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Out West student blog

Preserving and presenting Yellowstone’s history

Elisabeth Westerman stands in a tank top, shorts and a red cap with the Grand Canyon and blue sky in the background.

Elisabeth Westermann on a hike at the Grand Canyon of the Yellowstone.

 

Elisabeth Westermann (she/her)
Hometown: Menlo Park, CA

Major: History ‘26
Internship: Yellowstone National Park Heritage and Research Center

Elisabeth Westermann reflects on her research and work as a museum intern at Yellowstone's Heritage and Research Center

I opened a box in the Yellowstone archives and discovered treasures: handwritten diary entries, letters, leather-bound photo albums from the 1920s, an annotated book manuscript. This box contained some of the personal papers and items of Herma Albertson Baggley, Yellowstone’s first permanent female naturalist. 

After earning a botany degree, Baggley began working in Yellowstone in 1926 as a maid to earn room and board and lectured to visitors in the afternoon. She was asked to return the following summer as a full-time seasonal naturalist and eventually earned a permanent position in 1931. In the archives, I found a manuscript where she had written, “I have never been more thrilled over a position and think I never shall be. It was the one thing I had dreamed and struggled to attain.” Baggley sustained a lifelong devotion to Yellowstone and its plant life, compiling and writing the first edition of an encyclopedia of Plants of Yellowstone National Park, an invaluable resource to visitors and researchers alike, and a second significantly updated edition in 1956. Hers is one of the many stories I have investigated as a museum intern at Yellowstone National Park’s Heritage and Research Center. 

One of my main projects this summer is designing an exhibit on the pioneering, and often overlooked, women who contributed to the park’s history. The exhibit will use photographs, objects, and documents from the museum collections and archives to tell the story of early female rangers and naturalists, entrepreneurs, and artists. It has been an incredible experience over the past few weeks to research in and get to know Yellowstone’s library and archives. In the second half of my internship, I am looking forward to diving into the museum collections and building case-design skills as I work to bring this project into reality.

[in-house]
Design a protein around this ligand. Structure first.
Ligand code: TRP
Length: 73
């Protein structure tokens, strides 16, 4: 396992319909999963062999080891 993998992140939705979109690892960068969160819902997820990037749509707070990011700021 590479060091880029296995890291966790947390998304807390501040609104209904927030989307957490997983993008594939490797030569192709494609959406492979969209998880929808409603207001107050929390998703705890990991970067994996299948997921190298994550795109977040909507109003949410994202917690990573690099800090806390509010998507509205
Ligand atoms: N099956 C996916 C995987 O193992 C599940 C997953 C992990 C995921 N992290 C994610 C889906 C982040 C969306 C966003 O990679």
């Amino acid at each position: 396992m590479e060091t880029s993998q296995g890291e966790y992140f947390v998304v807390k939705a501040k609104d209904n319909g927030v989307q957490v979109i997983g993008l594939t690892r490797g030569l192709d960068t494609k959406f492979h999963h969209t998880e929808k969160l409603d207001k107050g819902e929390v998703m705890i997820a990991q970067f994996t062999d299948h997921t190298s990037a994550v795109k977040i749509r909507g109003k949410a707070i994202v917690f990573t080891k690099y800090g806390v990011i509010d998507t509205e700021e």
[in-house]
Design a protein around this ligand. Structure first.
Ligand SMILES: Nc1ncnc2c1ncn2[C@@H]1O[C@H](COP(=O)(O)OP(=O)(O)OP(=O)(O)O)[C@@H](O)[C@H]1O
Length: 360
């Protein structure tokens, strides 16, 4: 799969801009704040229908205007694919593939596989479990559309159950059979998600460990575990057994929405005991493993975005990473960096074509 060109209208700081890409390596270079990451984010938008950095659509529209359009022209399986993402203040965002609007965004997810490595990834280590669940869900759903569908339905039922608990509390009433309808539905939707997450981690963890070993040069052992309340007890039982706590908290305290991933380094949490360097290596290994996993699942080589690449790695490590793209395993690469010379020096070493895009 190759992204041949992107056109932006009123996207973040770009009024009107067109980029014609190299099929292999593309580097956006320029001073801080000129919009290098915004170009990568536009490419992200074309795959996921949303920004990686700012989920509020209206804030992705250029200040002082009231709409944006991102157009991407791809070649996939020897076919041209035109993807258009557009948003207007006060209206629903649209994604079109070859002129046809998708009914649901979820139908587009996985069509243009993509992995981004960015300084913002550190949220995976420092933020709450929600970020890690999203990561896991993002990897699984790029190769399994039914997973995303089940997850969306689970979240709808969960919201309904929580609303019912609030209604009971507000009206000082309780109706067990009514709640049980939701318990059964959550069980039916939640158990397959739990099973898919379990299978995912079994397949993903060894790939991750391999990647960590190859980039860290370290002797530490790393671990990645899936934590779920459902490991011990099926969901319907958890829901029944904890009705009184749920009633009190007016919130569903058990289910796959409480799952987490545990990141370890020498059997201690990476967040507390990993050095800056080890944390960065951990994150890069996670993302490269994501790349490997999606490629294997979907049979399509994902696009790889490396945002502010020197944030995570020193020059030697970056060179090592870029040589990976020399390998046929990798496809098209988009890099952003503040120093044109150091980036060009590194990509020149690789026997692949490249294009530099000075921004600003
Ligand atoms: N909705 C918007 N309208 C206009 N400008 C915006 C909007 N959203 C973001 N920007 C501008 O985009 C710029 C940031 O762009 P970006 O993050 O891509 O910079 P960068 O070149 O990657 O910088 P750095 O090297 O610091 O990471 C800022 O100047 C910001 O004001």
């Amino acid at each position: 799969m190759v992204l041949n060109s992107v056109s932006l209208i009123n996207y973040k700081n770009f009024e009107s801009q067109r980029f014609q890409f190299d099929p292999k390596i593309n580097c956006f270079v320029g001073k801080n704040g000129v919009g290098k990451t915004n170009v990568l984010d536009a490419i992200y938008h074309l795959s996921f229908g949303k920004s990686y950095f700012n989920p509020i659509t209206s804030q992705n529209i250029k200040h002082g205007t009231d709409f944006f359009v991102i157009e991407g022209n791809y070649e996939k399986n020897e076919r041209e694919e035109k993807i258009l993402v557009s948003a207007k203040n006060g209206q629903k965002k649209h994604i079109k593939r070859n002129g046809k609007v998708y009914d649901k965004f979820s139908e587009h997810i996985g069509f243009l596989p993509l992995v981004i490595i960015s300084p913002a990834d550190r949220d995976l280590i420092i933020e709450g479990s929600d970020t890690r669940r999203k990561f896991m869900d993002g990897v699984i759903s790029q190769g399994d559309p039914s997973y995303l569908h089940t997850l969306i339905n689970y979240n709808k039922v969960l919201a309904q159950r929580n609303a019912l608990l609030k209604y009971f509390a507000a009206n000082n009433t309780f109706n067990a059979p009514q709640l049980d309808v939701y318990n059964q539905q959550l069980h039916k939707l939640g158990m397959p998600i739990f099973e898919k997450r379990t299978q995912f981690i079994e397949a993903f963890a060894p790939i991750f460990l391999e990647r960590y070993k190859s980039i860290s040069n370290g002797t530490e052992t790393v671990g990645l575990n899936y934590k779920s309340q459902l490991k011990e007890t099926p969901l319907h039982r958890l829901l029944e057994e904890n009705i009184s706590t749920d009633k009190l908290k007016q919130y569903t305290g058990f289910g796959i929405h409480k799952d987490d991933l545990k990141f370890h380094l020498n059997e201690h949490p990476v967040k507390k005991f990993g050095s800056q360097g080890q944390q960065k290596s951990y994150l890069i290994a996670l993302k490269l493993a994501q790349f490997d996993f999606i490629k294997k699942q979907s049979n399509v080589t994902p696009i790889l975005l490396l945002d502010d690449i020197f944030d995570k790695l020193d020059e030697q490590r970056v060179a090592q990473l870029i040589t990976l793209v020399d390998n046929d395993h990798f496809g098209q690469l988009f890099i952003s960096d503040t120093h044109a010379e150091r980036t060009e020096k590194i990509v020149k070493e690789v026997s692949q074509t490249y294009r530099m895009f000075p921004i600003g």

Researching Baggley and her contemporaries has given me insight into how historians use a mosaic of sources to construct biographies. It has been exciting to discover and utilize new types of sources and in turn, think about how to tell stories visually rather than in the narrative form I am more used to from academic work. I have also been inspired by the stories I’ve discovered, of women who forged lives for themselves either in the Park Service or through independent businesses in a time when there were few precedents and in an environment that was frequently openly hostile to women (the Park Service effectively moved to stop hiring female rangers in 1926, for example) and physically inhospitable (temperatures in Yellowstone can reach lower than 50 degrees below zero in the winter). At the same time, it has been moving to read accounts of early park employees’ devotion to the park and their work there. I am excited to share these findings in a way that is engaging for members of the public. 

When I am not working on the exhibit, I have been assisting with day-to-day museum work as well as several ongoing conservation projects. One of my favorite jobs is giving the weekly public tour of the museum collections and sharing our work and a range of incredible objects, from Thomas Moran paintings to fossils, with enthusiastic visitors. In early July, two expert paper conservators visited the Heritage Center and taught the staff how to mend historic paper. We have been using the skills we learned in this workshop to repair heavily damaged blueprints of early Yellowstone buildings so that they can be safely handled by researchers. Another ongoing project has been cleaning the museum’s historic vehicle collection, which includes wagons, stagecoaches, and the iconic yellow tour buses that began roaming Yellowstone in the 1920s.

Spending the last five weeks working on preserving the history of this incredible place and sharing it with members of the public has been a meaningful and deeply valuable introduction to the field of public history, and has solidified my interest in continuing to work in this area. When I am not working, I have been exploring the park through hikes and drives and developing a sense of the magic and wonder of the park’s ecosystem and landscape that has touched visitors and employees alike through the years. I already know it will be hard to leave.

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